Digital Learning Communities

Ethics, Social media and Teacher Education

Main content

This project “Ethics, Social media and Teacher Education” has developed as a result of international collaboration with Monash University, Melbourne, Australia (http://www.monash.edu.au/). The project has its background in the role of digital competence as one of the five basic competencies in the “Knowledge Promotion” (Kunnskapsløftet) (see e.g., Krumsvik, 2009b). The Knowledge Promotion is the ongoing reform within the Norwegian 10-year compulsory school and upper secondary education and training. The reform introduces changes in how digital competencies should be a part of the substance, structure and organization of teaching from the first grade in the 10-year compulsory school to the last grade in upper secondary education and training. Research has shown that the role of the teacher is one of the most vital parts of student academic outcomes (see e.g. Hattie, 2009). Simultaneously, the Norwegian school system prioritises information and communication technologies (ICT) high (Almås & Krumsvik, 2008). The role of digital competence is therefore an essential part of teacher education, as can be illustrated in the Digital literacy model (Krumsvik, 2008, 2009a).

In the same way as teachers are role models in the application of ICT, such as teaching students ritual versus academic use, teachers are also role model in the use of social media in an ethical manner. Some studies have shown how students evaluate the participation of teachers in social media and their level of motivation, affective learning and classroom climate (see e.g., Mazer, Murphy, & Simonds, 2009). Few if any studies have however investigated the role of ethical reasoning among teacher students and their actual participation in social media. One pilot project has been conducted in Australia among teacher students (Morris, 2010). The aim of this international collaboration project is to understand the role of ethics in the decision to participate in social media as a teacher student. The project will take form of a cross cultural comparison of Australian and Norwegian teacher education students.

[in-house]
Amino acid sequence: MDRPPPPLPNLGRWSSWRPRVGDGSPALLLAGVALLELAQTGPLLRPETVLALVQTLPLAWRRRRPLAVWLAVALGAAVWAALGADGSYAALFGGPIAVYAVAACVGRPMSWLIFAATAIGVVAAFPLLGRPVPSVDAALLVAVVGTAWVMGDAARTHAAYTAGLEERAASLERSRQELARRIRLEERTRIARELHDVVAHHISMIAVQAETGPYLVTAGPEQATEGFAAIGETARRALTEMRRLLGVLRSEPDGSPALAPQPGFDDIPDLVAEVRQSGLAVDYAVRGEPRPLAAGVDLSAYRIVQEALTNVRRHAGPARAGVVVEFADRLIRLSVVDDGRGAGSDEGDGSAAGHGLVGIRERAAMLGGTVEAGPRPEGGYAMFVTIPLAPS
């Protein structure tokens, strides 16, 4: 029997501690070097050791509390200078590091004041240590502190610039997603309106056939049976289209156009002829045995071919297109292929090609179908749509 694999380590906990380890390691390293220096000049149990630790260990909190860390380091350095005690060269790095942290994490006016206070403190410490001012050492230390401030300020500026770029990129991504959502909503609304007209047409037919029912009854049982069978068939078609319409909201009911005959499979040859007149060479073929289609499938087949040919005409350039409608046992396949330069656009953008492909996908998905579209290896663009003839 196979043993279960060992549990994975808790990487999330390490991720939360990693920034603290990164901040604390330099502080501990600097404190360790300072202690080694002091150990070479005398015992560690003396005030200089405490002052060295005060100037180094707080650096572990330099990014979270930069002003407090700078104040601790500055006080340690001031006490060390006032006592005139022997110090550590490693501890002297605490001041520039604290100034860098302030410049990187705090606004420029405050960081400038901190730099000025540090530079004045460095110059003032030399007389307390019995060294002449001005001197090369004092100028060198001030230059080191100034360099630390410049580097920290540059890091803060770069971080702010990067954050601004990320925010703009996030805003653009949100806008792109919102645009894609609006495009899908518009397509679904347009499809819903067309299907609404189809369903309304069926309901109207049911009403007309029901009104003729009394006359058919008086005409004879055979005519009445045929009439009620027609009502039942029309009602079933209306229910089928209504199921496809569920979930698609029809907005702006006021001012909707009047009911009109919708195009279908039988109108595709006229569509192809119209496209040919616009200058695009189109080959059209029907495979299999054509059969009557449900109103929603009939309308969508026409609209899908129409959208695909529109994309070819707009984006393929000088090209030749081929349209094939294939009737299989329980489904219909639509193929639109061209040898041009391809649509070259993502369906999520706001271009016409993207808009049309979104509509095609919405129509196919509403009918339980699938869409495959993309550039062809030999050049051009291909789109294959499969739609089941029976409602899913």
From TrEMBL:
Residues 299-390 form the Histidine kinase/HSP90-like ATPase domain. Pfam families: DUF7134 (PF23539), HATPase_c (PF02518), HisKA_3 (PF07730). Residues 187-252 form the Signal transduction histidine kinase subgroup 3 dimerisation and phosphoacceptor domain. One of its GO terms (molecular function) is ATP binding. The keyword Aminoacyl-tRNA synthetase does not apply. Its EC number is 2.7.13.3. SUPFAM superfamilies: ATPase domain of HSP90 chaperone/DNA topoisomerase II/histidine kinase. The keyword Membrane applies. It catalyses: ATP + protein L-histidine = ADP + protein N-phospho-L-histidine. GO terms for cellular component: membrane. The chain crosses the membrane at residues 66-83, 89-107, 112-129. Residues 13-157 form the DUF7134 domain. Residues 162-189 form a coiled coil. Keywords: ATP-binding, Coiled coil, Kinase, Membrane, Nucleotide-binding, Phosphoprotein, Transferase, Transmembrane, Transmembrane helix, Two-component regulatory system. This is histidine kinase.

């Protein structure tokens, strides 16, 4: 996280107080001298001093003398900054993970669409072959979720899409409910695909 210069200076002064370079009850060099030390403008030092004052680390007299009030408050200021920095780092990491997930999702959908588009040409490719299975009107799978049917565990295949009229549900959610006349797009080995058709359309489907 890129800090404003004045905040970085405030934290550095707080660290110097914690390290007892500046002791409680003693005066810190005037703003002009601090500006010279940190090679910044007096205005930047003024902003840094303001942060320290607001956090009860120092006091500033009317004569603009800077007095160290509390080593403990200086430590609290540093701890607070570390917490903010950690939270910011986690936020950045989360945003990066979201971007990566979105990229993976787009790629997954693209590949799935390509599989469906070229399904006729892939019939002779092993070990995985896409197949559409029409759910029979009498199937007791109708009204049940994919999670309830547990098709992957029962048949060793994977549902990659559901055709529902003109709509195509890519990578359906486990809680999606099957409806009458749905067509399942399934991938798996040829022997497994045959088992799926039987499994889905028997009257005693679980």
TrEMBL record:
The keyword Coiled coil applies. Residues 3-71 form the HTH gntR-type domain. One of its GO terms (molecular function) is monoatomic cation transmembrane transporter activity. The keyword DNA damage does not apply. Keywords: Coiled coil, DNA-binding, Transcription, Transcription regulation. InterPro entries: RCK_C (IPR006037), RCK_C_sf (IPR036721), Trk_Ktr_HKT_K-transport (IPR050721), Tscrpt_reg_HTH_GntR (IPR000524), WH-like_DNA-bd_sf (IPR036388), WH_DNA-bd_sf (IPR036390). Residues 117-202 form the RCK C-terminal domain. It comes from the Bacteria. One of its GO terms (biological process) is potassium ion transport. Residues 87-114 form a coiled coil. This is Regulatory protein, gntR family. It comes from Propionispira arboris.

Overarching research questions – Investigate:

  • Whether the professional same issues and ethical considerations are prevalent in Australia and Norway.
  • Whether there is a strong awareness of privacy/professionalism in the use of Facebook in teacher students in Australia and Norway.
  • Reports in the media about teachers engaging with students on Facebook in Australia and Norway.
  • Compare professional codes of conduct for teachers in Norway compared to Australia.
  • Compare cultural contexts  first in order to decide to add other items into scales (based on the PIBS; Morris & Richardson, 2010), to allow for differences in professional codes/cultural differences.

Specific details:

  • Initiated by Associate Professor Brita Bjørkelo and Zoe Morris, PhD Candidate and FIT-Choice Research Assistant at the Faculty of Education, Monash University; and her supervisors Associate Professors Paul Richardson & Helen Watt.
  • Translation of Morris & Richardson’s  pilot scale called Professional Interactions and Behaviour Scale (PIBS) developed in an Australian context into Norwegian. Validation is to be undertaken in Australia by the end of 2010.
  • Collect data from Australia and Norway. The Australian and Norwegian sample will consist of 3rd and 4th year undergraduate pre-service secondary teaching students.
  • Scientific articles will be co-authored by the participants in the project.